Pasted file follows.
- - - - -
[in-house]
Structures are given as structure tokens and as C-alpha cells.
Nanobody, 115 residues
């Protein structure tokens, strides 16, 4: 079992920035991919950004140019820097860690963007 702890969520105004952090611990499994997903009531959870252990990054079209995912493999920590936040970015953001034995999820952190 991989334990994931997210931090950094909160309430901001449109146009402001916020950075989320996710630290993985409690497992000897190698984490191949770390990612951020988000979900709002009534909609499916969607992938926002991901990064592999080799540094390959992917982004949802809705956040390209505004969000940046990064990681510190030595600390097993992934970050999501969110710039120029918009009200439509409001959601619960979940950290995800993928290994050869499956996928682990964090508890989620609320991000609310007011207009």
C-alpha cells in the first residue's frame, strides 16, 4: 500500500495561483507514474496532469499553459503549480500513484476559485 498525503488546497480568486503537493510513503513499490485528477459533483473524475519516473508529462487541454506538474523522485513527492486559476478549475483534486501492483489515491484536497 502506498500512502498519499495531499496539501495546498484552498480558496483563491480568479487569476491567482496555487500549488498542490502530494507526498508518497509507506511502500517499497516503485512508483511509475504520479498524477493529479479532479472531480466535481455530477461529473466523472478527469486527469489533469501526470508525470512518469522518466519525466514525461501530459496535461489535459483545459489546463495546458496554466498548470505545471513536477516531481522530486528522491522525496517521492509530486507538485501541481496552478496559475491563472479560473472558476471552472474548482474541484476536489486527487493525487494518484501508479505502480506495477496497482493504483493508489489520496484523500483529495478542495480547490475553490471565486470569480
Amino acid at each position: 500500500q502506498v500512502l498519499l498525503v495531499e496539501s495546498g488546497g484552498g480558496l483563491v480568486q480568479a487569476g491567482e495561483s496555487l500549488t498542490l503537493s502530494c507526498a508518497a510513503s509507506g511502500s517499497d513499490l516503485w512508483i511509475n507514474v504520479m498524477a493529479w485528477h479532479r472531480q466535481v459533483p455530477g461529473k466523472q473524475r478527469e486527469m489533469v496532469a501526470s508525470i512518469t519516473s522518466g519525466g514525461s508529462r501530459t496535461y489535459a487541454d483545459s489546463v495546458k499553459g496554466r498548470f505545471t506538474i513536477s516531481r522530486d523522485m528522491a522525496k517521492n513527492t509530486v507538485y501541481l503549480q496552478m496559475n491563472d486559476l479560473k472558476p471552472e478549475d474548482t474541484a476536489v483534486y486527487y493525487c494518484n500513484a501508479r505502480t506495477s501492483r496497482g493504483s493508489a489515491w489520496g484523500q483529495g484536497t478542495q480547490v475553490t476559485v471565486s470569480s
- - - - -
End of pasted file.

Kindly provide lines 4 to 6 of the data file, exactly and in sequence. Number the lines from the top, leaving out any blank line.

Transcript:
């Protein structure tokens, strides 16, 4: 079992920035991919950004140019820097860690963007 702890969520105004952090611990499994997903009531959870252990990054079209995912493999920590936040970015953001034995999820952190 991989334990994931997210931090950094909160309430901001449109146009402001916020950075989320996710630290993985409690497992000897190698984490191949770390990612951020988000979900709002009534909609499916969607992938926002991901990064592999080799540094390959992917982004949802809705956040390209505004969000940046990064990681510190030595600390097993992934970050999501969110710039120029918009009200439509409001959601619960979940950290995800993928290994050869499956996928682990964090508890989620609320991000609310007011207009």
C-alpha cells in the first residue's frame, strides 16, 4: 500500500495561483507514474496532469499553459503549480500513484476559485 498525503488546497480568486503537493510513503513499490485528477459533483473524475519516473508529462487541454506538474523522485513527492486559476478549475483534486501492483489515491484536497 502506498500512502498519499495531499496539501495546498484552498480558496483563491480568479487569476491567482496555487500549488498542490502530494507526498508518497509507506511502500517499497516503485512508483511509475504520479498524477493529479479532479472531480466535481455530477461529473466523472478527469486527469489533469501526470508525470512518469522518466519525466514525461501530459496535461489535459483545459489546463495546458496554466498548470505545471513536477516531481522530486528522491522525496517521492509530486507538485501541481496552478496559475491563472479560473472558476471552472474548482474541484476536489486527487493525487494518484501508479505502480506495477496497482493504483493508489489520496484523500483529495478542495480547490475553490471565486470569480
Amino acid at each position: 500500500q502506498v500512502l498519499l498525503v495531499e496539501s495546498g488546497g484552498g480558496l483563491v480568486q480568479a487569476g491567482e495561483s496555487l500549488t498542490l503537493s502530494c507526498a508518497a510513503s509507506g511502500s517499497d513499490l516503485w512508483i511509475n507514474v504520479m498524477a493529479w485528477h479532479r472531480q466535481v459533483p455530477g461529473k466523472q473524475r478527469e486527469m489533469v496532469a501526470s508525470i512518469t519516473s522518466g519525466g514525461s508529462r501530459t496535461y489535459a487541454d483545459s489546463v495546458k499553459g496554466r498548470f505545471t506538474i513536477s516531481r522530486d523522485m528522491a522525496k517521492n513527492t509530486v507538485y501541481l503549480q496552478m496559475n491563472d486559476l479560473k472558476p471552472e478549475d474548482t474541484a476536489v483534486y486527487y493525487c494518484n500513484a501508479r505502480t506495477s501492483r496497482g493504483s493508489a489515491w489520496g484523500q483529495g484536497t478542495q480547490v475553490t476559485v471565486s470569480s